It's amazing how messy your car can get when you're road tripping. Get into the habit of keeping the car tidy so that everything stays organised and you don't end up losing your essentials. We always take a couple of spare plastic bags for our rubbish, and try to make sure everything has a "home". For example, phone chargers will live in the glovebox, water will live in the sides, camera lenses will live in the central compartment and coats will hang on the back of the seats. It's so easy to lose stuff when you're constantly in and out of the car (especially things like camera lens caps) so keeping it tidy makes life a lot easier. I also recommend keeping the boot nice and organised rather than just throwing your bags in the car, so you know where everything is when you need it.
#7 - Carry more water than you need
I highly recommend buying a big 5-gallon water bottle to keep in the boot. Buy one with a tap attached to the side, so you can fill up your reusable bottles whenever you need it and it's easy to pour. This is so useful to have when you're camping, so you're not running back and forth to the water taps, and it means you don't have to remember to fill up your bottles at the hotel room/campsite.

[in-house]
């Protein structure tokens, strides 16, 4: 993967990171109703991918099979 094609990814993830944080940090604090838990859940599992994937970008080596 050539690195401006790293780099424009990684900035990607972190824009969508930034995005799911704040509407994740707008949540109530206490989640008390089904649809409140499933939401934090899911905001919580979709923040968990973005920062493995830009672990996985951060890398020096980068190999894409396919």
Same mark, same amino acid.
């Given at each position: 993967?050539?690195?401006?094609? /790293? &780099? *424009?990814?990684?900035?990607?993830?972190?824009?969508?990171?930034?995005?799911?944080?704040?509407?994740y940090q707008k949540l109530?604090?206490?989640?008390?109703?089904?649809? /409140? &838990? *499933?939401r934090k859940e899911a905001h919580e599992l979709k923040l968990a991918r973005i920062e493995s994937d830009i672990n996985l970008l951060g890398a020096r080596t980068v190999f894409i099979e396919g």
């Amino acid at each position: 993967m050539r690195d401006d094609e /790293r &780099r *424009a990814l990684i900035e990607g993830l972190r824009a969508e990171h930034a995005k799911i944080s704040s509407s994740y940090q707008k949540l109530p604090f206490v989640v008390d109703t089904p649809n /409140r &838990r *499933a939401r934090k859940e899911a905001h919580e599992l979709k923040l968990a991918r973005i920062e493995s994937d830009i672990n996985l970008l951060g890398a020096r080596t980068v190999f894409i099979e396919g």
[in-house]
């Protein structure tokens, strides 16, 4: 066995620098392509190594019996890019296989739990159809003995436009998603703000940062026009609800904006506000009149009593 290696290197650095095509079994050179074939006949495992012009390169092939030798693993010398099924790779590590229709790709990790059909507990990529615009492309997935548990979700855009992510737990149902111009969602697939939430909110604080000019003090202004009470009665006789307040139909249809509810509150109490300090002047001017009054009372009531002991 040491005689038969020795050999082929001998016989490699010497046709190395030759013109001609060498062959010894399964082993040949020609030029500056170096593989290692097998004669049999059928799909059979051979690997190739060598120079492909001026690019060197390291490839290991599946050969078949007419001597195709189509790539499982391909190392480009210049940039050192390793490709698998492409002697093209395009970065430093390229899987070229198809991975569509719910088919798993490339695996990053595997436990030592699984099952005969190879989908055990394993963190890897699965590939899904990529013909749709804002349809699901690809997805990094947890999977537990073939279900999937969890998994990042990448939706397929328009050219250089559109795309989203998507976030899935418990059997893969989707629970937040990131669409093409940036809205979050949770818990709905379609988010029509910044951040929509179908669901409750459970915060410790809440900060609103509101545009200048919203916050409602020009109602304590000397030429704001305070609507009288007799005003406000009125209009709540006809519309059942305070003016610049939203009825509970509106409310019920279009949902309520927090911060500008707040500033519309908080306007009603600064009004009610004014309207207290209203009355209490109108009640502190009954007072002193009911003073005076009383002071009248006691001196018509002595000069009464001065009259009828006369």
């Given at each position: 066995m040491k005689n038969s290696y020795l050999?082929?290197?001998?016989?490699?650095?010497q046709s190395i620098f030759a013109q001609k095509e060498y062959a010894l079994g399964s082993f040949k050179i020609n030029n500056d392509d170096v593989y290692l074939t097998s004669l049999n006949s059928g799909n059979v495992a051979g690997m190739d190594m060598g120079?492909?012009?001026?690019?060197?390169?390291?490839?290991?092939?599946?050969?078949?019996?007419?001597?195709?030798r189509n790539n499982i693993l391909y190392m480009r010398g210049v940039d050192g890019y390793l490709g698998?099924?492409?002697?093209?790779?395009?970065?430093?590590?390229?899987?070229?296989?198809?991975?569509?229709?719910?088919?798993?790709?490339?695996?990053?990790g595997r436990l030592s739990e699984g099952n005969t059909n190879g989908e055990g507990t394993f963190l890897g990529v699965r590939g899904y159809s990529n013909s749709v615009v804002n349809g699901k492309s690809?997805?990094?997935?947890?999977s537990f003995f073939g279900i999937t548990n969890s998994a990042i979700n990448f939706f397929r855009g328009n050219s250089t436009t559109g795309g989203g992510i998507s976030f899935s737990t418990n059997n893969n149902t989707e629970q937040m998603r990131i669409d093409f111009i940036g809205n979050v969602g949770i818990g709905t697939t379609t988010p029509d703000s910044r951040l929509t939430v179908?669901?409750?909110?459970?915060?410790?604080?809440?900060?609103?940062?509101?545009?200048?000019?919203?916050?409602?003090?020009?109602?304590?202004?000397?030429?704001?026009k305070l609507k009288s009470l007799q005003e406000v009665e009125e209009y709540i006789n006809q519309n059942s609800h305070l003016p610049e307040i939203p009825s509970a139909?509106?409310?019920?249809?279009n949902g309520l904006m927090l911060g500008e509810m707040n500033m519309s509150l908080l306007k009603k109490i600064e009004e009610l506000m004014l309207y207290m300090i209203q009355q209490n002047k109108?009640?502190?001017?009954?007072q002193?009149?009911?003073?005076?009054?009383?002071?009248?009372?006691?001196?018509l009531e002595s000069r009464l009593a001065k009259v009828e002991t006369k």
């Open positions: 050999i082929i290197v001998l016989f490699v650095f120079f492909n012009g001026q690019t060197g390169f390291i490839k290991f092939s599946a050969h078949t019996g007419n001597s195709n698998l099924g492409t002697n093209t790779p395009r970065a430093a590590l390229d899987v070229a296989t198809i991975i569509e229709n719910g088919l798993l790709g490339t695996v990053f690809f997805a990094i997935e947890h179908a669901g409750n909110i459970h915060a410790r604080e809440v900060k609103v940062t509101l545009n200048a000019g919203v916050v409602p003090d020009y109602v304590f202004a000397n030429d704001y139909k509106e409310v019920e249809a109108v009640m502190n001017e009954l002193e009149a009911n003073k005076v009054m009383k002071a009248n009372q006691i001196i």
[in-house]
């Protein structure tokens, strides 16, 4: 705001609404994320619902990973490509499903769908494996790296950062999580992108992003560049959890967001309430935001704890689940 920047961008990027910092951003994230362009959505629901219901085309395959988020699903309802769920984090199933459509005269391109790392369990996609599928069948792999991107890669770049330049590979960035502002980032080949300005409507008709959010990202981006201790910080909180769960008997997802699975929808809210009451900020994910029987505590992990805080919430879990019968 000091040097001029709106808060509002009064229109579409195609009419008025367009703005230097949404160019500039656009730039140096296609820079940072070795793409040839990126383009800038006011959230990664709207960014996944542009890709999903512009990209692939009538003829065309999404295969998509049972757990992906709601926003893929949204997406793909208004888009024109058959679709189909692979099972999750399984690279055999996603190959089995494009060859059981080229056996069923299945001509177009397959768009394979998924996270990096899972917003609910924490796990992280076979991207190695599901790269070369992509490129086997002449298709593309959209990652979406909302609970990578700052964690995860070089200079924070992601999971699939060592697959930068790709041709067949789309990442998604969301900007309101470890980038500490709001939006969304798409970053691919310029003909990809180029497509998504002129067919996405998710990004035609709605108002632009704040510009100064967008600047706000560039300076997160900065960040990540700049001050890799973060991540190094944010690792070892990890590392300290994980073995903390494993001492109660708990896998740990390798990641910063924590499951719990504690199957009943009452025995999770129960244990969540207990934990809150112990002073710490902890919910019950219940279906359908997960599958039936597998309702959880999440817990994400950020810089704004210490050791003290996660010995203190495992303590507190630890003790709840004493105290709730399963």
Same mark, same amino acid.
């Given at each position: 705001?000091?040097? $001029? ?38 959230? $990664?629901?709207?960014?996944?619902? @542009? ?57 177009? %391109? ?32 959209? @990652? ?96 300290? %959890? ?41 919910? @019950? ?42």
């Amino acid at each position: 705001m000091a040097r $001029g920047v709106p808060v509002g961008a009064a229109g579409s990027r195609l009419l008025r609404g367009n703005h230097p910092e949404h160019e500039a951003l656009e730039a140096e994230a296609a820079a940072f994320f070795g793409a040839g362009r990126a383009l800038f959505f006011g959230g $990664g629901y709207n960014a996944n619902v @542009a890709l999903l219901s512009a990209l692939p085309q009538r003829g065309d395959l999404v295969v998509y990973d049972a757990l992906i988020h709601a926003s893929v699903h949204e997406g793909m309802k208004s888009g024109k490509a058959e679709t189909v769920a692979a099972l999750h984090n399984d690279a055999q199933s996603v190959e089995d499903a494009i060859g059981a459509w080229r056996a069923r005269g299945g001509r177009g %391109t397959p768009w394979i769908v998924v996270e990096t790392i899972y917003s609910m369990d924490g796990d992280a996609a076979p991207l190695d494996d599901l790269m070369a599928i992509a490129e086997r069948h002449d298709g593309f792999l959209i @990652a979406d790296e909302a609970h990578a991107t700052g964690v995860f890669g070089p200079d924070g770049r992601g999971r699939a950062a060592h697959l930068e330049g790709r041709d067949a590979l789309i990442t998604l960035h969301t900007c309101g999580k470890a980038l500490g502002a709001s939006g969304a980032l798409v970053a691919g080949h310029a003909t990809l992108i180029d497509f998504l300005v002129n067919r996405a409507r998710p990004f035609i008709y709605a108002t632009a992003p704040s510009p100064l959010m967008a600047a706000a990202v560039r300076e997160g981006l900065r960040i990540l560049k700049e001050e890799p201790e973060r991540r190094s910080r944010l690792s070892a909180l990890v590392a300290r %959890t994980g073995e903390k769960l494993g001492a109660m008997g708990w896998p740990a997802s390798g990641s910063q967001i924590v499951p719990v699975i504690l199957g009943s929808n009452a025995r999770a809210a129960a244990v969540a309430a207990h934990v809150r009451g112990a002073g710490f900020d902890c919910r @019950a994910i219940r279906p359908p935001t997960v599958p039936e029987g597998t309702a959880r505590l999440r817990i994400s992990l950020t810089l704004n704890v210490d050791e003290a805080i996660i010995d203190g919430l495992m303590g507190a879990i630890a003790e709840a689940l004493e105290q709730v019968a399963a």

You also save a lot of money as you're not constantly buying small bottles of water (and you're not using as much plastic) and you never have to worry about running out of water. The big bottles are cheap to buy but really useful to keep with you.
#8 - Keep track of food spend
Road trips are often a cheaper way to travel than flying, but you can easily end up spending a huge amount of money on food. Drive-through and coffee stops are all small transactions, but when you're doing that every day as well as lunches and meals out at night, it all adds up. Try to allocate a daily budget for food spend, and be smart and take some essentials with you.
When you're driving for hours it's easy to get bored, and when you get bored you usually eat, so it's always a good idea to have food with you in the car to limit how much you're stopping and spending. We always take sandwiches/quinoa/salads for Day 1 of the trip, and stock up on snack bars for in-between meals. We usually keep a loaf of bread in the car, some fruit, some boiled eggs, a jar of Nutella (for those days when you just need a Nutella sandwich), and take some sliced meat or cans of tuna so we can easily make up a quick sandwich when we're in remote places. We usually have a small cool bag to keep food in and if you have a fridge in your hotel you can keep any perishables in there overnight.
#9 - Be flexible!
It's tempting to plan your road trip to the hour, but the best thing about trips like that is literally anything can happen! You might pass the most incredible secluded beach and end up wanting to spend half a day there, you might hear about a hiking trail from fellow travellers and decide to do that, and equally, roads might be closed and you might not be able to do the things you wanted. The important thing is to keep plans loose, go with the flow, try not to stress about things like traffic jams and unexpected burst tires and make the most of your amazing road trip adventure!
What are your best tips to plan the perfect road trip + things you always take with you? Leave me a comment below!